Articles Posted in the " Sci-Fi " Category

  • Afterschool

    Teenage angst breaches new yet surprisingly dull territory in this pretentious thriller set in an East Coast prep school. Afterschool provides a hundred solid minutes of tedious indie art as we explore awkward social situations and drug abuse, all through one too many lingering back-of-head shots.

  • The Slipper And The Rose

    Uncalled for reissue of lengthy, vanilla flavoured telling of Cinderella, most famous for being mocked as David Frost’s pet project in Frost/ Nixon. Nice outfits, all the same.

  • Sound It Out

    Slice-of-life documentaries are all well and good, but life can be horribly mundane and depressing sometimes. Sadly, Sound It Out‘s plea to save a record store and Britain’s ailing music industry will leave you wanting to chuck all your vinyl into a landfill.

  • The Well-Digger’s Daughter

    There is something exquisitely beautiful about the quiet desperation of a broken heart. The Well-Digger’s Daughter captures this sorrow perfectly; from the excitement of the first meeting to the moment a young girl gives everything away for love, this picturesque period drama promises to captivate any audience.

  • Chronicle

    Another found footage film? Really? About some teenagers who unexpectedly develop superpowers? You may be struggling to decide whether this is more shamelessly ripped off from Misfits or Jumper, but Josh Trank’s slick and brooding feature debut is very much an original. You’ll believe a nerd can fly…

  • Go To Blazes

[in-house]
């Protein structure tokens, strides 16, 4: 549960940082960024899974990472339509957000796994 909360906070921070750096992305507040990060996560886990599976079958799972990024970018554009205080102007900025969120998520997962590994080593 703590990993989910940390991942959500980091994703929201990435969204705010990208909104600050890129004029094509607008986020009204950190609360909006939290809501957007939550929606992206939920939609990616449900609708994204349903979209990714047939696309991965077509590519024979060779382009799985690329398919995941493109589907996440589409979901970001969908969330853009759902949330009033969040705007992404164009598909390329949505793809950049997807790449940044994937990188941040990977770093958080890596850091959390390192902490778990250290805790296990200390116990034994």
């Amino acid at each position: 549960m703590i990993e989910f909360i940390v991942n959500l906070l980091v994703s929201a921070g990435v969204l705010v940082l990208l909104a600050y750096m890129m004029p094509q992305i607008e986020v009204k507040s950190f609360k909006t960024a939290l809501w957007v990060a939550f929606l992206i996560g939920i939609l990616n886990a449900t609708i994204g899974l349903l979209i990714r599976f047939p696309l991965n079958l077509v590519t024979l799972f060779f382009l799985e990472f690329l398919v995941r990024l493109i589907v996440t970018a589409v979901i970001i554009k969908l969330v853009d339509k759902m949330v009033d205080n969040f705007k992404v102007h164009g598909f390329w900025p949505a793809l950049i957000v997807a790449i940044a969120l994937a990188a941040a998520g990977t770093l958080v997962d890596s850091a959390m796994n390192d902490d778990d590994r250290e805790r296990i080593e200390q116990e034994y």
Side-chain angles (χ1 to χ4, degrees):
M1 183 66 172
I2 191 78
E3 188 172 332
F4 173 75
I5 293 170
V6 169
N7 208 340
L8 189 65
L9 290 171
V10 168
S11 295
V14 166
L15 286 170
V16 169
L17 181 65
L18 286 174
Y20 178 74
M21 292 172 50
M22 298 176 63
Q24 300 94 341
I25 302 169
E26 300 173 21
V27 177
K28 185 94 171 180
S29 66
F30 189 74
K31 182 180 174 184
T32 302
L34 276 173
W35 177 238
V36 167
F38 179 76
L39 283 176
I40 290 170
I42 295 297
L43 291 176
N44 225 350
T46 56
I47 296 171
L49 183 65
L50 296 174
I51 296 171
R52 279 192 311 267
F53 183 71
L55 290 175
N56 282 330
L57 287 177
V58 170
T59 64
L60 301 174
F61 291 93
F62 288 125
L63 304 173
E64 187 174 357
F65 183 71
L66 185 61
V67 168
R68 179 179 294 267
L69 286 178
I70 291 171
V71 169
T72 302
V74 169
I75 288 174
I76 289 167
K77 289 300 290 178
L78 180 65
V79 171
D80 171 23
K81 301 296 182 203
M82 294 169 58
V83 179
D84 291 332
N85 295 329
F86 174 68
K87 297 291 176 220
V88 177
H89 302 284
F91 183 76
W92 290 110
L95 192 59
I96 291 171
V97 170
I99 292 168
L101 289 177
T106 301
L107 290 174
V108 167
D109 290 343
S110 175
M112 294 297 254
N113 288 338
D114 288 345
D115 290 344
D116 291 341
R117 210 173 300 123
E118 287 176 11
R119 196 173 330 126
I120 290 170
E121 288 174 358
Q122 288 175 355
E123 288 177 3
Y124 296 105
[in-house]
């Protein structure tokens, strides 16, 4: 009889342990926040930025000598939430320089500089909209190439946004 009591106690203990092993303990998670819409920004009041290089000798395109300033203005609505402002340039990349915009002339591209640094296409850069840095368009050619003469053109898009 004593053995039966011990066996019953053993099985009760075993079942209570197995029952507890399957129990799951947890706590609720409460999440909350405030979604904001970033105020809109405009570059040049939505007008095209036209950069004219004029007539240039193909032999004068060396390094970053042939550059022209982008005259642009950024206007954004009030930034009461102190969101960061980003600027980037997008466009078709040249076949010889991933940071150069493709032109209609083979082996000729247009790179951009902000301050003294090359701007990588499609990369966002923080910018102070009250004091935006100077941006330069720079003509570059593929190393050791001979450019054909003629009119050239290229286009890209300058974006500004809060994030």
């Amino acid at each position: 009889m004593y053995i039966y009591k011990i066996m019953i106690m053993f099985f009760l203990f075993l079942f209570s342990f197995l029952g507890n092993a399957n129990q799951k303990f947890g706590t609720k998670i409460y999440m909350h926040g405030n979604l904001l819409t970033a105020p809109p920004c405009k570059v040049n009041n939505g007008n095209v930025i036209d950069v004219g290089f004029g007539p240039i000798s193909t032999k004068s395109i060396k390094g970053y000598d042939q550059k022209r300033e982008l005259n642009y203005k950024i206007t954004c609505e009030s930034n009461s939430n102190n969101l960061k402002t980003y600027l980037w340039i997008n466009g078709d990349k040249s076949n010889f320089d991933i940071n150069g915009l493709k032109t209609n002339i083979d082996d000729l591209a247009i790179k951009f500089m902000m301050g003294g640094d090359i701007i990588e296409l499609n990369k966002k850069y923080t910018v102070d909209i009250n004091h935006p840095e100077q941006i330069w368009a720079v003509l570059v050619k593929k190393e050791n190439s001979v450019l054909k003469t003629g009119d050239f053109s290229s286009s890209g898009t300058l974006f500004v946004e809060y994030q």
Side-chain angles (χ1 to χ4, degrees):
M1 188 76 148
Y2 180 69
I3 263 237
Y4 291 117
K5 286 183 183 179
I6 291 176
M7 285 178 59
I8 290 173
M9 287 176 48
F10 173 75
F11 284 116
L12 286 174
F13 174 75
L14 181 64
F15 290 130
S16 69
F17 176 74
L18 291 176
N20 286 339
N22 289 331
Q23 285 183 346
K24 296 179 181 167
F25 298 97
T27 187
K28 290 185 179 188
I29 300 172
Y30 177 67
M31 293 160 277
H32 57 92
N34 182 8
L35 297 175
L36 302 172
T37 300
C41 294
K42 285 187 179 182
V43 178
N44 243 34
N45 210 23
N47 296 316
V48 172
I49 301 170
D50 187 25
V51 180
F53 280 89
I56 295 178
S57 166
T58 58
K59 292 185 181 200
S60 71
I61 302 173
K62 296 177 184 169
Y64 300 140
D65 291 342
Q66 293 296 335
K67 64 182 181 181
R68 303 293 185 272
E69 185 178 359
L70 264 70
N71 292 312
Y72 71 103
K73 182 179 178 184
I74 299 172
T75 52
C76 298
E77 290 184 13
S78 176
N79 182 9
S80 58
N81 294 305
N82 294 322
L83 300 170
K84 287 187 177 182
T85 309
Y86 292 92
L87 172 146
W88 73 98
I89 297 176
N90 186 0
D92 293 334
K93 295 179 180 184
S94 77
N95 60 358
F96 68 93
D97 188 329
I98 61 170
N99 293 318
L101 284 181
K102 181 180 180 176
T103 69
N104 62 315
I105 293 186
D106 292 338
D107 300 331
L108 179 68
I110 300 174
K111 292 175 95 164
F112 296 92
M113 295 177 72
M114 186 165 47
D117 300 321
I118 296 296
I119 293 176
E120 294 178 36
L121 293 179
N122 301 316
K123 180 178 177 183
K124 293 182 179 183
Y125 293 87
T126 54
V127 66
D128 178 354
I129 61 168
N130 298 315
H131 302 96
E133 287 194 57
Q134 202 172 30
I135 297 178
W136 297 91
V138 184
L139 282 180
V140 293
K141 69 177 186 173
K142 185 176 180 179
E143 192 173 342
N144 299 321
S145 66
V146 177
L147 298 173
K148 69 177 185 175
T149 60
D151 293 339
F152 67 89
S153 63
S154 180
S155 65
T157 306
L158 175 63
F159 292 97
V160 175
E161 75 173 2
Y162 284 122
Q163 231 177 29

Michael Truman’s Go to Blazes (1962) is celebrating its 50th anniversary! What could be a better way to celebrate than with an exclusive screening at the BFI Southbank? But, before you hit up the London Comedy Film Festival on January 29th, check out what we have to say about this glorious old-school flick…

  • Bail Enforcers

    We didn’t expect much from a film starring a wrestler. But we did expect a film starring a lady wrestler to not be relentlessly sexist. WELL SUE US FOR SHOWING A LITTLE OPTIMISM.

  • The Burma Conspiracy

    Tomer Sisley returns as reluctant global business tycoon Largo Winch. Split over two timelines, set three years apart, The Burma Conspiracy breaks from the norm as it is nether a prequel or a sequel, but one of those inter-quels you’ve heard so little about.

  • Rage

    Rage is one of the best indie horror flicks we’ve seen in a long while. Drawing on Hitchcockian techniques, Witherspoon manages to transform an everyday occurrence into a terrifyingly realistic psychological thriller, keeping the suspense-fuelled mystery turned right up until the very end….

  • The Darkest Hour

    Who knew that sci-fi films were allowed to be set outside New York City? Every timeworn trope of the ‘alien invasion’ genre beloved of Cold War screenwriters has hurdled the Iron Curtain and descended on Moscow for The Darkest Hour, a virtually irredeemable mess of contrived clichés, crap CGI and Cyrillic cignage. And some things that don’t begin with C (as well as some others that do which we can’t mention here – looking at you, Bekmambetov).